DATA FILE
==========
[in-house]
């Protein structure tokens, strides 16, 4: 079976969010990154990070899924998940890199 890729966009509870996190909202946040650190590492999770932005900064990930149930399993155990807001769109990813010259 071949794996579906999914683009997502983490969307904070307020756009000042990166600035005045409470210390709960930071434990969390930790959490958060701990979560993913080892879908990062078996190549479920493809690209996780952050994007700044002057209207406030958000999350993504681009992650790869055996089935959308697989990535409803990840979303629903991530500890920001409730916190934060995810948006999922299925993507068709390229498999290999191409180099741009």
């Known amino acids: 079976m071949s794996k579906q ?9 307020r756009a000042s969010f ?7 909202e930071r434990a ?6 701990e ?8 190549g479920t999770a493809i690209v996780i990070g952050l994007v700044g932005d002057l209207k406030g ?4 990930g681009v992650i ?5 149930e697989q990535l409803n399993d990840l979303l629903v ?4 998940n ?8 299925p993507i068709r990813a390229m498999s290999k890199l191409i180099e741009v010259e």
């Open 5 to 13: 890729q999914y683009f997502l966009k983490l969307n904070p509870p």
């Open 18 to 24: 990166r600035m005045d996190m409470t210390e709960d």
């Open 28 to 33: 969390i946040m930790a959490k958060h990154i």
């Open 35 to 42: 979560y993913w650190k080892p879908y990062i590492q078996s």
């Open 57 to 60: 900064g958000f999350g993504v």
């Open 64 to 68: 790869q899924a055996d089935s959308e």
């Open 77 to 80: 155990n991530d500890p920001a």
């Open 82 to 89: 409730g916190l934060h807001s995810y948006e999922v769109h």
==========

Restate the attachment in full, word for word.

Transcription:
[in-house]
């Protein structure tokens, strides 16, 4: 079976969010990154990070899924998940890199 890729966009509870996190909202946040650190590492999770932005900064990930149930399993155990807001769109990813010259 071949794996579906999914683009997502983490969307904070307020756009000042990166600035005045409470210390709960930071434990969390930790959490958060701990979560993913080892879908990062078996190549479920493809690209996780952050994007700044002057209207406030958000999350993504681009992650790869055996089935959308697989990535409803990840979303629903991530500890920001409730916190934060995810948006999922299925993507068709390229498999290999191409180099741009």
């Known amino acids: 079976m071949s794996k579906q ?9 307020r756009a000042s969010f ?7 909202e930071r434990a ?6 701990e ?8 190549g479920t999770a493809i690209v996780i990070g952050l994007v700044g932005d002057l209207k406030g ?4 990930g681009v992650i ?5 149930e697989q990535l409803n399993d990840l979303l629903v ?4 998940n ?8 299925p993507i068709r990813a390229m498999s290999k890199l191409i180099e741009v010259e």
């Open 5 to 13: 890729q999914y683009f997502l966009k983490l969307n904070p509870p």
């Open 18 to 24: 990166r600035m005045d996190m409470t210390e709960d």
């Open 28 to 33: 969390i946040m930790a959490k958060h990154i």
């Open 35 to 42: 979560y993913w650190k080892p879908y990062i590492q078996s």
């Open 57 to 60: 900064g958000f999350g993504v």
């Open 64 to 68: 790869q899924a055996d089935s959308e």
């Open 77 to 80: 155990n991530d500890p920001a």
């Open 82 to 89: 409730g916190l934060h807001s995810y948006e999922v769109h």